position O-4 of the rhamnosyl residues within the RG I backbone. These specific features
(acetylated rhamnosyl- and alpha-galactosyl-substitutions) were almost absent in the
chelating agent extracted okra pectin where more commonly known substitutions were
present, including acetylated galacturonosyl residues in the RG I backbone. The unique
structure features of hot buffer extracted okra pectin led to the assumption that these
features may contribute to the rather typical physical properties as well as to the biological
properties found for okra pectin.
In order to understand the effect of the specific structural features of RG I on its
physical properties, the rheological properties of hot buffer extracted okra pectin were
determined and compared to those found for chelating agent extracted okra pectin and for
pectins from other plant materials as reported in the literature. The solutions of hot buffer
extracted okra pectin showed a high viscosity and predominant elastic behaviour which
most probably is caused by strong hydrophobic associations through its acetylated
rhamnosyl residues rather than by methyl esterified galacturonosyl residues as is commonly
the case for pectins. The removal of acetyl groups and methyl esters decreased the
association of the pectin molecules as observed by the light scattering experiment, meaning
that not only viscosity and rheological properties but also association of pectin molecules
were as result of both hydrophobic interactions and charge effects.
The effect of the position of acetyl groups on the bioactivity of okra pectin was
also determined. The complement-fixing activity of okra pectins was found to be affected
by many factors like e.g. the presence of acetyl groups, the size of RG segments and the presence of terminal alpha galactosyl groups and even the three dimensional conformation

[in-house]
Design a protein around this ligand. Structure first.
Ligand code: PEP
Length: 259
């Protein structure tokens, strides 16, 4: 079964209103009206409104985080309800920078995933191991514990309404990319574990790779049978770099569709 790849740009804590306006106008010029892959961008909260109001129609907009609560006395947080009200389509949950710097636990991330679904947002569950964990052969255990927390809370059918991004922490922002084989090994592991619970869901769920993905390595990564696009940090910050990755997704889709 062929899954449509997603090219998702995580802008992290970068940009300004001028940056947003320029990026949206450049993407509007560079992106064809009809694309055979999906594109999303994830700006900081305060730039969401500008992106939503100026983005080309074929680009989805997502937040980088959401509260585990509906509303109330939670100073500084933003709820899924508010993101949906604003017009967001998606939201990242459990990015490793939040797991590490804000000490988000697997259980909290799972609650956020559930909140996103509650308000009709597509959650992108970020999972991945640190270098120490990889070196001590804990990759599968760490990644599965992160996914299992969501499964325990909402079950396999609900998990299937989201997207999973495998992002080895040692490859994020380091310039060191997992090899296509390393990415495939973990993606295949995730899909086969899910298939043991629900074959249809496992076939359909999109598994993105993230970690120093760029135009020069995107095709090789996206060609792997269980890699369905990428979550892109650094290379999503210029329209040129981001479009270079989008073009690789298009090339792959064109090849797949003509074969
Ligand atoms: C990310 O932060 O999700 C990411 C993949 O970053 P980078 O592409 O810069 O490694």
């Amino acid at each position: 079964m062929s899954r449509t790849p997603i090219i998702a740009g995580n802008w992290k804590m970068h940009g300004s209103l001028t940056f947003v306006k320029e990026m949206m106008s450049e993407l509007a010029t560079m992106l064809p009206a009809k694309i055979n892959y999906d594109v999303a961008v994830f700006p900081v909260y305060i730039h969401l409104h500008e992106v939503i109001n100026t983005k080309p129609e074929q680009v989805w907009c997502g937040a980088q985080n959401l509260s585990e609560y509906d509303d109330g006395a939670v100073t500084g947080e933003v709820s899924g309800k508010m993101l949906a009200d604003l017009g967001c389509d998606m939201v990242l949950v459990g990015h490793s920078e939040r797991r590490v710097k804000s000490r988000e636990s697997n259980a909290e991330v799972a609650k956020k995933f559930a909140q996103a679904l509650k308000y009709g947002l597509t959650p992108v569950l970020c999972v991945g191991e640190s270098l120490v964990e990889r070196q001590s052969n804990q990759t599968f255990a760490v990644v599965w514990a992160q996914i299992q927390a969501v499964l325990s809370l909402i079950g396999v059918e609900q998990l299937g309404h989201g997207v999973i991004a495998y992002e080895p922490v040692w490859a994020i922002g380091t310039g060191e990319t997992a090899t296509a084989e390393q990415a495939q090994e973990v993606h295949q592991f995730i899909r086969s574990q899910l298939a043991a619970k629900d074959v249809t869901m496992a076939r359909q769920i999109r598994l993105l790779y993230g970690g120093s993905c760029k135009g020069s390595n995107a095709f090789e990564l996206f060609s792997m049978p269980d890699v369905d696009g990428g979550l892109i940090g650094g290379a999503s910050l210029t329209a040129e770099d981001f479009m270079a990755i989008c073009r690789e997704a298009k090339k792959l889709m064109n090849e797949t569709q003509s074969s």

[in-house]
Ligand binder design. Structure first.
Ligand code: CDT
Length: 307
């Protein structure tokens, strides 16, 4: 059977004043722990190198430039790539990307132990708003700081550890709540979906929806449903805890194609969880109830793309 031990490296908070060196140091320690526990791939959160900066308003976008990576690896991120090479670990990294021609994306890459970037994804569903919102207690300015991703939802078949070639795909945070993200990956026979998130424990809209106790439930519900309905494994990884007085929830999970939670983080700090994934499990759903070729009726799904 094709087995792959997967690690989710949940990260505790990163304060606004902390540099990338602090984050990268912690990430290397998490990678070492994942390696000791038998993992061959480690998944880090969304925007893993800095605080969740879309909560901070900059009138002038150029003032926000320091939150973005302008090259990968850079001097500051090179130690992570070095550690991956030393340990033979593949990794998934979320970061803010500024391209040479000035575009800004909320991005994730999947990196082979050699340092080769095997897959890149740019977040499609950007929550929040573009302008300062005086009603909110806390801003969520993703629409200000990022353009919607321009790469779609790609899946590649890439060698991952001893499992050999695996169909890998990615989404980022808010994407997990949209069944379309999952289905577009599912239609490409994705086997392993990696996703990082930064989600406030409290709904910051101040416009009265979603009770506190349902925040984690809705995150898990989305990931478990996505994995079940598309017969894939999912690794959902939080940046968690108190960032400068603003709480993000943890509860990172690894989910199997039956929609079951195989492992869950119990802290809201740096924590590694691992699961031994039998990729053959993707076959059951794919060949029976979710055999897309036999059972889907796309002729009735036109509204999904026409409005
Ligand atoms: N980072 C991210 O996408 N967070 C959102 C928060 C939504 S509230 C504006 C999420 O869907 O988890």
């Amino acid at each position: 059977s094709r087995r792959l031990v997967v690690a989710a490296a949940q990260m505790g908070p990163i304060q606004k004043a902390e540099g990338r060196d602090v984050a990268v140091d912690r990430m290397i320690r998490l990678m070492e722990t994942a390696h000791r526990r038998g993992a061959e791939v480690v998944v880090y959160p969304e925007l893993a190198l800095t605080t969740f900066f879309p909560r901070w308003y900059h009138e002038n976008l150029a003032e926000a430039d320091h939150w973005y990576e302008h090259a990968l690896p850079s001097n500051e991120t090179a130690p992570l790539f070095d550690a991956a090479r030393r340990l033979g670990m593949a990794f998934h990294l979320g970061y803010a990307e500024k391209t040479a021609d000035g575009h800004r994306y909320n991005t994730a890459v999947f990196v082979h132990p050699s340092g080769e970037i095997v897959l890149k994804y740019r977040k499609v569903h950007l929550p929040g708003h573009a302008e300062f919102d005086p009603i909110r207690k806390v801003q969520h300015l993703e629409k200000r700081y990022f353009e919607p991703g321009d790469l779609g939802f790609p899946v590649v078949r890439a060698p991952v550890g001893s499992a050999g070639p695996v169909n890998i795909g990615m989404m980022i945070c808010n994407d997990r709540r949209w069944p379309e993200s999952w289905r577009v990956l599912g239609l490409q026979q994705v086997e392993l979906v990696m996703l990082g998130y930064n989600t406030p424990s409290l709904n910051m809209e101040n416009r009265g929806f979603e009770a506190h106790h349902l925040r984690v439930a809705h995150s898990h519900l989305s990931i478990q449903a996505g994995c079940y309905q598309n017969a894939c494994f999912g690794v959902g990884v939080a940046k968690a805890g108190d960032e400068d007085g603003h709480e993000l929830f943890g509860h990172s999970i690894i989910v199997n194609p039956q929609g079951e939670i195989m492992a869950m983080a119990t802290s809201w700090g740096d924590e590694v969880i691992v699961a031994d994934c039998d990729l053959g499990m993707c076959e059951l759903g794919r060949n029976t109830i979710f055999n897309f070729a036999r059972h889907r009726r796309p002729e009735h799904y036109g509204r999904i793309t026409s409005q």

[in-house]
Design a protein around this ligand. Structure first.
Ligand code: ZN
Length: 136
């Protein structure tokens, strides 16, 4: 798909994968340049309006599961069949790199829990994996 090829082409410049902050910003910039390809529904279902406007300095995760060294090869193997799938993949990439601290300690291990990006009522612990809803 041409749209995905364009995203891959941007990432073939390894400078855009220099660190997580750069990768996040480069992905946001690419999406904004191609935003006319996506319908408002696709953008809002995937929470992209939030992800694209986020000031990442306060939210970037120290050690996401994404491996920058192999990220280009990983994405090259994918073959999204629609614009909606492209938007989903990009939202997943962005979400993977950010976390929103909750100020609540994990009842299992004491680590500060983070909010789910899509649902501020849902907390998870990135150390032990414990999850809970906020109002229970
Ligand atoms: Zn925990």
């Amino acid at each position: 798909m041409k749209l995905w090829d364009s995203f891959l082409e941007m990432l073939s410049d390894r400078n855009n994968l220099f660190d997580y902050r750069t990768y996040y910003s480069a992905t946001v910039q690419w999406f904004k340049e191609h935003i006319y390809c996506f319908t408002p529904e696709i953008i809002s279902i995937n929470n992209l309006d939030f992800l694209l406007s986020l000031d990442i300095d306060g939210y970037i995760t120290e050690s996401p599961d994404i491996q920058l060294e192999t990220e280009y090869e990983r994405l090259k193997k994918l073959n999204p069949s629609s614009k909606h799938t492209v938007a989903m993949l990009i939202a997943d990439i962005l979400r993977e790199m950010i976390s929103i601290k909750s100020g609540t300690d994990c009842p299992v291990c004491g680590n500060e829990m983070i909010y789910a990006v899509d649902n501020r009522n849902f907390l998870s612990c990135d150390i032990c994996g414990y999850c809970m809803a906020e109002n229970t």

of the molecules. The hot buffer extracted okra pectin was also examined for its potential to
modify surfaces of medical devices and implants. The results showed that okra pectin can
be used in coating medical device since it promotes cell apoptosis and shows no
macrophage activation.
The knowledge described in this thesis provided us with novel information on the
unique structures of okra pectins and may lead to a better understanding of the functional
properties of okra polysaccharides in general and okra pectin in particular and to optimize
the use of okra pectins within the food industry and in medical applications. However,
despite our efforts, at the moment the dependency of the (bio) functionality of okra pectins
on the precise chemical structure are not yet completely understood.
Original languageEnglish
QualificationDoctor of Philosophy
Awarding Institution
  • Wageningen University
  • Voragen, Fons, Promotor
  • Schols, Henk, Co-promotor
  • Sajjaanantakul, T., Co-promotor, External person
Award date2 Dec 2009
Place of Publication[S.L.
Print ISBNs9789085855293
Publication statusPublished - 2009


  • pectins
  • okras
  • characterization
  • physicochemical properties

Fingerprint Dive into the research topics of 'Chemical, physical and biological features of Okra pectin'. Together they form a unique fingerprint.

Cite this